||Jeff Greenfield is senior analyst for CNN. He will provide weekly, Web-exclusive analysis during Election 2000.|
Jeff Greenfield: 'Vote as you shot'
(CNN) -- People like me are not supposed to do this, but here's a tip of the hat to Texas Gov. George W. Bush and Vice President Al Gore: they're engaged in a real debate about a real issue.
Instead of challenging each other's patriotism, compassion, or values,
they're arguing about how best to secure a decent retirement for American citizens. That debate will not fully make up for the weariness of an eight-month-long general election campaign, but it helps.
And how will that debate come out? In part, that depends on whether the
Bush campaign is right about one of its central premises: that the American electorate has changed enough so that it is willing to rethink its once-settled view on a key issue: in this case, whether it's ready to accept a change in the sacred Social Security system.
It's hardly the first time such a question has moved front and center in
American politics. In fact, it's a recurring theme. In the decades after the American Civil War, the Republican Party held more-or-less permanent control over the federal government by telling citizens to "vote as you shot." If you were for the Union, they said, then vote for the party of Lincoln. And it worked; between the end of the war and 1932, only two Democratic presidents -- Grover Cleveland and Woodrow Wilson -- broke the Republicans' hold on the White House.
Once the Depression hit, Democrats turned economic anxiety into a more or less permanent theme. Even in the years of Ronald Reagan, Democrats made substantial gains in the Congress by raising the specter of heartless plutocrats throwing Grandma out into the snow. And any attempt to reform Social Security -- even when proposed by Democrats like Sen. Pat Moynhian (New York) -- was treated as heresy.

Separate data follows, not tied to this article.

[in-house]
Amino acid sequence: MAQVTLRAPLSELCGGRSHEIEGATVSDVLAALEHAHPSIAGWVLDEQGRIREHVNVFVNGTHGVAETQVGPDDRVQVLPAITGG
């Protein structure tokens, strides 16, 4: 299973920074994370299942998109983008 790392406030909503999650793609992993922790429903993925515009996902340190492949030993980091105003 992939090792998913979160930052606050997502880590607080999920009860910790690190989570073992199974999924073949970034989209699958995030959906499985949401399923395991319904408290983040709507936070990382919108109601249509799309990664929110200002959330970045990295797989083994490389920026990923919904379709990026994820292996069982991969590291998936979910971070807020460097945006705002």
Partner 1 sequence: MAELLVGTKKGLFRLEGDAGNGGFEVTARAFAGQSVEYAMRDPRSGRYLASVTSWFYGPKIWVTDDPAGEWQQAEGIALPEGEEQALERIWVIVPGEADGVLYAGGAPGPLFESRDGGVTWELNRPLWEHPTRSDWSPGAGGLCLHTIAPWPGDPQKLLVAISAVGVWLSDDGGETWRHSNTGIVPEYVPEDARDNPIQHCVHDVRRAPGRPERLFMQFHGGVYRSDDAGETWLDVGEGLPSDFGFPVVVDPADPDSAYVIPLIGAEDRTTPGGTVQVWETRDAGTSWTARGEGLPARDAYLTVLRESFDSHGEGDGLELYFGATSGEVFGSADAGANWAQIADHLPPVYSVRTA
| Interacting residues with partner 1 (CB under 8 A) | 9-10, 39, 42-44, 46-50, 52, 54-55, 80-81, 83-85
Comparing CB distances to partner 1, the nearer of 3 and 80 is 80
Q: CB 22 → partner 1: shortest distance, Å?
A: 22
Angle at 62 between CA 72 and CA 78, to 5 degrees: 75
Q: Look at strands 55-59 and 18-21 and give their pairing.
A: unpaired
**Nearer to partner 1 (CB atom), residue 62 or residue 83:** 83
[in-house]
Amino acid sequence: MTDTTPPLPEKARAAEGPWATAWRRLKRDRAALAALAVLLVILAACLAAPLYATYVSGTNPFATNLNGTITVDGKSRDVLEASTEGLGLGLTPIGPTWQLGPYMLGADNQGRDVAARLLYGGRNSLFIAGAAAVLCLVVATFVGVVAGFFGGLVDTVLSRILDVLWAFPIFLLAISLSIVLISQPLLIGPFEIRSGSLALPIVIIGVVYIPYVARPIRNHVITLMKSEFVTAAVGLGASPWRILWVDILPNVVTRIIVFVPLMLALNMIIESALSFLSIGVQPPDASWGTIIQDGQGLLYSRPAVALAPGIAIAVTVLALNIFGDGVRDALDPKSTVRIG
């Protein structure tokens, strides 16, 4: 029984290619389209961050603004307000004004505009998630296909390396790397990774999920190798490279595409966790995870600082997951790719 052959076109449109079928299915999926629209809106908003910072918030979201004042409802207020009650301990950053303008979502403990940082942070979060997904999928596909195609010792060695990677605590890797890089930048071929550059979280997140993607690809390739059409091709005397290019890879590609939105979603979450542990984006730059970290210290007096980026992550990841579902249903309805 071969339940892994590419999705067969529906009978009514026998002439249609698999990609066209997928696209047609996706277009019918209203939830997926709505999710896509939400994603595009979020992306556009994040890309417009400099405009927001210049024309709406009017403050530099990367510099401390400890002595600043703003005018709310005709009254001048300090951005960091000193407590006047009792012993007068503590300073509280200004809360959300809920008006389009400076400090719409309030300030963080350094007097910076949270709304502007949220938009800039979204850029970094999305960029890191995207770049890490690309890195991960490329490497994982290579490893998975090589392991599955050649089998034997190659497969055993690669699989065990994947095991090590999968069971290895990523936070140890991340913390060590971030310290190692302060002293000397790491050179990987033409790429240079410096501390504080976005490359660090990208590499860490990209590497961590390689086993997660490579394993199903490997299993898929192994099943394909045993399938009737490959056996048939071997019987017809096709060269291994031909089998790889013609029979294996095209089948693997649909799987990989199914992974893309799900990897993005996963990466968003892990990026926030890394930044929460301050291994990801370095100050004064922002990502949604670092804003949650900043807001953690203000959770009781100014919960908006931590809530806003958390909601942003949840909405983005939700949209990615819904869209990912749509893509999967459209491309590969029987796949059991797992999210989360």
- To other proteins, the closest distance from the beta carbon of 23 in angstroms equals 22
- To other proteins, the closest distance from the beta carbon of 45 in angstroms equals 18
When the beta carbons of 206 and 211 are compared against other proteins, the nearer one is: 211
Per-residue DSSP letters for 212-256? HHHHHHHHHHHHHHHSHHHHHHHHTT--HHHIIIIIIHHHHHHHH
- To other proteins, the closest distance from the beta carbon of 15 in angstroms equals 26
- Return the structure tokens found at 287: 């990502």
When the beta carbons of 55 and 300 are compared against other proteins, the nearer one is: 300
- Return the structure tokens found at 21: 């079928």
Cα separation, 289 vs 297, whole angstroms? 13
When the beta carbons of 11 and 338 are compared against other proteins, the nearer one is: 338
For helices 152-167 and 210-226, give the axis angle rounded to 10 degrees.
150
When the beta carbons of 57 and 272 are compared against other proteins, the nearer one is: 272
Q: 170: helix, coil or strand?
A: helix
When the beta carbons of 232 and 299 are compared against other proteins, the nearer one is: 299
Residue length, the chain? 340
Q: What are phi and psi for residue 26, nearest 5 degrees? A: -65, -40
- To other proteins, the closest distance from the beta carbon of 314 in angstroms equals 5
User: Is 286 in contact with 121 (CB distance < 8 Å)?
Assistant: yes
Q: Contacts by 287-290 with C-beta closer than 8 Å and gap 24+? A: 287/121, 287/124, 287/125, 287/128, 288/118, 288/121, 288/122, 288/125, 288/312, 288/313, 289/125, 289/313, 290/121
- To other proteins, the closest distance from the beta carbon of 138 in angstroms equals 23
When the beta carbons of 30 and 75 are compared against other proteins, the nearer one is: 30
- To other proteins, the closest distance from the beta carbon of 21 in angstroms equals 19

Now, the Bush campaign is gambling that an electorate accustomed to
prosperity and familiar with investing on its own, is willing to try
something different -- devoting part of Social Security retirement money to private, rather than government-direct investment. The Gore campaign believes otherwise, that by raising questions about the increased risk to retirement funds, it can also raise questions about George Bush's capacity to handle the presidency.
In effect, the Gore campaign is making the same argument Republicans did
a century ago: "Vote as you shot" -- stay with the party that created and protected Social Security. The Bush campaign is arguing, in effect, "The war is over -- you younger voters understand the market enough to be eager to make some of these decisions on your own."
In the end, the campaign that has best judged the confidence or wariness
of the electorate may well emerge the winner.